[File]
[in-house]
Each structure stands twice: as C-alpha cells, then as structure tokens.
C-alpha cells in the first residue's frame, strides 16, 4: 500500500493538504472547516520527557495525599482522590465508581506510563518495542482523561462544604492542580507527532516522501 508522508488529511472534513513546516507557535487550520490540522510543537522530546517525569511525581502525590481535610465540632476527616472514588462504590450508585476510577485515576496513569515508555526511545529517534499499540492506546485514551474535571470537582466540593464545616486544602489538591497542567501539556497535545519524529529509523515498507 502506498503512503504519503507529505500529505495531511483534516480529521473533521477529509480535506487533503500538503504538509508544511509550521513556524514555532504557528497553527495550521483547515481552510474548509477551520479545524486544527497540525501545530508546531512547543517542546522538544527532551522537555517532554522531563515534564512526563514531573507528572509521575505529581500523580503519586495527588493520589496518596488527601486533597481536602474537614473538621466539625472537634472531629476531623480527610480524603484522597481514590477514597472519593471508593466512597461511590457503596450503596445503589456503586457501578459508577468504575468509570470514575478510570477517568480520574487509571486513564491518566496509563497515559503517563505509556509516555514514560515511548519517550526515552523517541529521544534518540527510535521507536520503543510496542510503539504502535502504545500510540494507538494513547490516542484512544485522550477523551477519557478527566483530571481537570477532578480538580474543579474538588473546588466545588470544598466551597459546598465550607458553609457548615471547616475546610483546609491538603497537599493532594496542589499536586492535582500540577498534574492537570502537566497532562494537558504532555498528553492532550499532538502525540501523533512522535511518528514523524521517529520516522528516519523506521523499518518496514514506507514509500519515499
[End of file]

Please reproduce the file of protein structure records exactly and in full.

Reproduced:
[in-house]
Each structure stands twice: as C-alpha cells, then as structure tokens.
C-alpha cells in the first residue's frame, strides 16, 4: 500500500493538504472547516520527557495525599482522590465508581506510563518495542482523561462544604492542580507527532516522501 508522508488529511472534513513546516507557535487550520490540522510543537522530546517525569511525581502525590481535610465540632476527616472514588462504590450508585476510577485515576496513569515508555526511545529517534499499540492506546485514551474535571470537582466540593464545616486544602489538591497542567501539556497535545519524529529509523515498507 502506498503512503504519503507529505500529505495531511483534516480529521473533521477529509480535506487533503500538503504538509508544511509550521513556524514555532504557528497553527495550521483547515481552510474548509477551520479545524486544527497540525501545530508546531512547543517542546522538544527532551522537555517532554522531563515534564512526563514531573507528572509521575505529581500523580503519586495527588493520589496518596488527601486533597481536602474537614473538621466539625472537634472531629476531623480527610480524603484522597481514590477514597472519593471508593466512597461511590457503596450503596445503589456503586457501578459508577468504575468509570470514575478510570477517568480520574487509571486513564491518566496509563497515559503517563505509556509516555514514560515511548519517550526515552523517541529521544534518540527510535521507536520503543510496542510503539504502535502504545500510540494507538494513547490516542484512544485522550477523551477519557478527566483530571481537570477532578480538580474543579474538588473546588466545588470544598466551597459546598465550607458553609457548615471547616475546610483546609491538603497537599493532594496542589499536586492535582500540577498534574492537570502537566497532562494537558504532555498528553492532550499532538502525540501523533512522535511518528514523524521517529520516522528516519523506521523499518518496514514506507514509500519515499